Faith and Freedom

Dr. Ari Kinsberg ● Jewish Press

Eliezer Berkovits (1908-1992) remains one of the most important Jewish theologians of the twentieth century.

Born in what is today Romania, he received semicha at the Rabbinical Seminary of Berlin (where he was the talmid muvhak of the Seridei Eish) and a PhD in philosophy from the University of Berlin. While ministering as a respected rav in locales across the globe and later serving as the beloved chairperson of Jewish philosophy at Skokie’s Hebrew Theological College, Rabbi Berkovits also published an array of essays and books on halacha, philosophy and other topics of contemporary Jewish relevance. It is unfortunate that Rabbi Berkovits’ writings are today largely unknown to the larger Jewish public, even though the wisdom contained therein remains as relevant as ever.

We are thus indebted to Dr. Reuven Mohl, a recognized expert on the thought of Rabbi Berkovits, for performing an admirable service by compiling and editing Faith and Freedom: Passover Haggadah, with Commentary from the Writings of Rabbi Eliezer Berkovits.

The judiciously chosen selections from Rabbi Berkovits’s literary corpus that augment the haggadah text in this volume may be organized into various central themes. Among them are holiness, justice, morality, education, halacha (both as an eternal and defining characteristic of Judaism, as well as the imperative to innovate), worship, etc., but the most conspicuous subjects are theodicy (specifically Holocaust-related) and Zionism (particularly its religious mission).

The very first selection in the volume, on the Kiddush, relates moving accounts of concentration camp inmates dealing with the challenges of Kiddush on Pesach eve and the prohibition of chametz. It may seem jarring to open the haggadah commentary with such a somber tone, but it is impossible to ignore the indelible imprint of the Holocaust on Rabbi Berkovits’s thought.

Various passages in the volume grapple with Hashem’s ostensible indifference to suffering during that tortuous period. Rabbi Berkovits’s response expands to provide the bedrock of an overarching relationship between Hashem and mankind that is predicated on preserving free will as the defining element of humanity.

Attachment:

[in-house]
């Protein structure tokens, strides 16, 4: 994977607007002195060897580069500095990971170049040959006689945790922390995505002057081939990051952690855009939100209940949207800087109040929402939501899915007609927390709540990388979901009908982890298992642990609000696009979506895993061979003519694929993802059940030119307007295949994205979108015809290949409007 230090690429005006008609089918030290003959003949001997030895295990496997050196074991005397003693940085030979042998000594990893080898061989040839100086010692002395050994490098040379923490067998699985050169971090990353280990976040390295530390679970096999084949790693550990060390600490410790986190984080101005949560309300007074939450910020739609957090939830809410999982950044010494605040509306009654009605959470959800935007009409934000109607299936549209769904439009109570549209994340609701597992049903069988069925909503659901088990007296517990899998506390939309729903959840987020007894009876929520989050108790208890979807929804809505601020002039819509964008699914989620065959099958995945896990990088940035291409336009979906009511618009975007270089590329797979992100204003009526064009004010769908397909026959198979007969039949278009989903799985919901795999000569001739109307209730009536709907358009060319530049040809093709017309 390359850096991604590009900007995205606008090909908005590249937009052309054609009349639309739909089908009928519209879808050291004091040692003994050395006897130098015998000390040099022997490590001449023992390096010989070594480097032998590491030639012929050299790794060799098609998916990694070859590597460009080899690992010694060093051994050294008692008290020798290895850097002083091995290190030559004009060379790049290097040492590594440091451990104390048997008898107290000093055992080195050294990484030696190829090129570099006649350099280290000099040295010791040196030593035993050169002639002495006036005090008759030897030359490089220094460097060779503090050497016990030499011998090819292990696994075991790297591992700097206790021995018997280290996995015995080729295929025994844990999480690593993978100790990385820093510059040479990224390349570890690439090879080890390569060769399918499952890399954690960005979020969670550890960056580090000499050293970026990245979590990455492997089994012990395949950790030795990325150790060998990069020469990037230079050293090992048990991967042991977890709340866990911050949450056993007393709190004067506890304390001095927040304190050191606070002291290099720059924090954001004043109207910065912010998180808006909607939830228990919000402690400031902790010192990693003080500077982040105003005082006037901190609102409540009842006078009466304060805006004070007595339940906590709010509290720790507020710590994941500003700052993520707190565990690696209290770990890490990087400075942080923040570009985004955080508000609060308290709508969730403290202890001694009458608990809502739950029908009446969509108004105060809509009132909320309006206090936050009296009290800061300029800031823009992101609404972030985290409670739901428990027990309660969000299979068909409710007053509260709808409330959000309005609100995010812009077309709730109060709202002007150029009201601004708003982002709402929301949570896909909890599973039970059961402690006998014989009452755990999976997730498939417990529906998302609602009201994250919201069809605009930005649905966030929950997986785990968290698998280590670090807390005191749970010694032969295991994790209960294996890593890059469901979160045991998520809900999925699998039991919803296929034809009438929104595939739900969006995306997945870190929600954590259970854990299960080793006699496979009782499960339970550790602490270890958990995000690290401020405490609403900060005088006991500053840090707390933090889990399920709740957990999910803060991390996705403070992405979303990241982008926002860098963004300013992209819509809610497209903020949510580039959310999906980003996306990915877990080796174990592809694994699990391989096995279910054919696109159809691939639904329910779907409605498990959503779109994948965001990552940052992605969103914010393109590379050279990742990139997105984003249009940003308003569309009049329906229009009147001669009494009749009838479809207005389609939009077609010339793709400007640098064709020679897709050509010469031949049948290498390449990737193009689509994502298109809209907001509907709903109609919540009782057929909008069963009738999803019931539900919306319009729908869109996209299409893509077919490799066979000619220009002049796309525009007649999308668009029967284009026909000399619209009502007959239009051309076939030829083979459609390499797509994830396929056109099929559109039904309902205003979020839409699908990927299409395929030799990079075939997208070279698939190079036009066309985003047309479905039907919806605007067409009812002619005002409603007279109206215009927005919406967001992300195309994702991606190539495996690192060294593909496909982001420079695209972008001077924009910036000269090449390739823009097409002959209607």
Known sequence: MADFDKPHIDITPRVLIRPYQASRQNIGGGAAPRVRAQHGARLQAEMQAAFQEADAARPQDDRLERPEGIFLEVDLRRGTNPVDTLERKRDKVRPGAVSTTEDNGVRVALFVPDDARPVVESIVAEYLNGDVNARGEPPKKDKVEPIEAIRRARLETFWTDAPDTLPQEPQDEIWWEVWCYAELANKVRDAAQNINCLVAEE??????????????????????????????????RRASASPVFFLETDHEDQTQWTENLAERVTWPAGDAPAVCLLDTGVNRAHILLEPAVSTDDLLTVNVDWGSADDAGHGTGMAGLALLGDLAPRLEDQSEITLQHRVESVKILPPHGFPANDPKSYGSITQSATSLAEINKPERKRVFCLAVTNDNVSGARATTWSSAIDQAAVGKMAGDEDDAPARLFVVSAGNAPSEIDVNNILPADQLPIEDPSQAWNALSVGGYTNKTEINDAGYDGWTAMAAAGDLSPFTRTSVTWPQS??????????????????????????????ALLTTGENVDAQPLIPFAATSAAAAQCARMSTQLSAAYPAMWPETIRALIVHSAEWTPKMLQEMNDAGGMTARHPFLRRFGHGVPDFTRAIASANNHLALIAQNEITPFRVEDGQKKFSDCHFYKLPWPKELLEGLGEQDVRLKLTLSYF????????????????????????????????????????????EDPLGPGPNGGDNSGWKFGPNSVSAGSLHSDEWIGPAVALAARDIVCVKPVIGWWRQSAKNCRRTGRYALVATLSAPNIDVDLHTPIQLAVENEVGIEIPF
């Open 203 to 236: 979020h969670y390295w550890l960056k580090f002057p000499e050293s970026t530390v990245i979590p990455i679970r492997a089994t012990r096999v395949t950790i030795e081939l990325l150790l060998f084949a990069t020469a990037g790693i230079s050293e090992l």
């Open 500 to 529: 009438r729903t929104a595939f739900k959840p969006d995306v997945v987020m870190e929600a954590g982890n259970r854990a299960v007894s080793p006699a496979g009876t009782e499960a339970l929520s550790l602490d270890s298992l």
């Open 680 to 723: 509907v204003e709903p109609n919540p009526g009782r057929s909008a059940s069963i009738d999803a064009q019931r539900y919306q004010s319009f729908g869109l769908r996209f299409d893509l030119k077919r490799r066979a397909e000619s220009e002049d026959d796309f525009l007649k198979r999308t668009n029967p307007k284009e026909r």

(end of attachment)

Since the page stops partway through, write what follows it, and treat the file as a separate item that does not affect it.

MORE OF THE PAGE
If the Holocaust features in Rabbi Berkovits’s writings as a challenge of comprehending Jewish tragedy, equally prominent (and inter-related) is the reconstituted State of Israel as a challenge of Jewish vitality. The Holocaust couldn’t crush the indomitable Jewish spirit, but has the State of Israel been able to elevate it?

The national renaissance represented an instance of Hashem interjecting himself in history for the necessary benefit of His people, which stood on the brink of total decimation (as in Egypt!), but the State too is a challenge. Many of the selections in Faith and Freedom postulate that only in an independent state in Eretz Yisrael can we fully actuate in totality what it means to be Jewish. (“Those Jews who attempt to separate Judaism from Zion, Torah from the land of Israel give up both Torah and the land.”)

What does this challenge entail? More importantly, have we met the challenge? Rabbi Berkovits explores these questions in many of the selections. A general optimism for Jewish potentiality is evident in some selections, but he is more cautious – and sometimes even critical – when addressing the shortcomings of the Zionist enterprise. In particular, Rabbi Berkovits was disappointed with the rabbinic leadership in Israel for remaining wedded to galut (exile) modes of dealing with contemporary halachic issues.

Faith and Freedom provides an inspiring modern commentary to an ancient text. Although Rabbi Berkovits never set out himself to produce a haggadah commentary, Mohl has succeeded in wedding Rabbi Berkovits’s insightful comments on the modern Jewish experience to relevant prooftexts and parallels in the haggadah.

Faith and Freedom includes the Hebrew haggadah text with an English translation and instructions, making it useful as a haggadah for use at the Seder table. The selections from Rabbi Berkovits’s writings appear on the bottom of each page and the reader knows to consult the commentary whenever words in boldface are encountered. The volume will hopefully open for readers the world of Rabbi Berkovits’s Torah beyond the haggadah-related selections and the appended bibliography is a helpful starting point.

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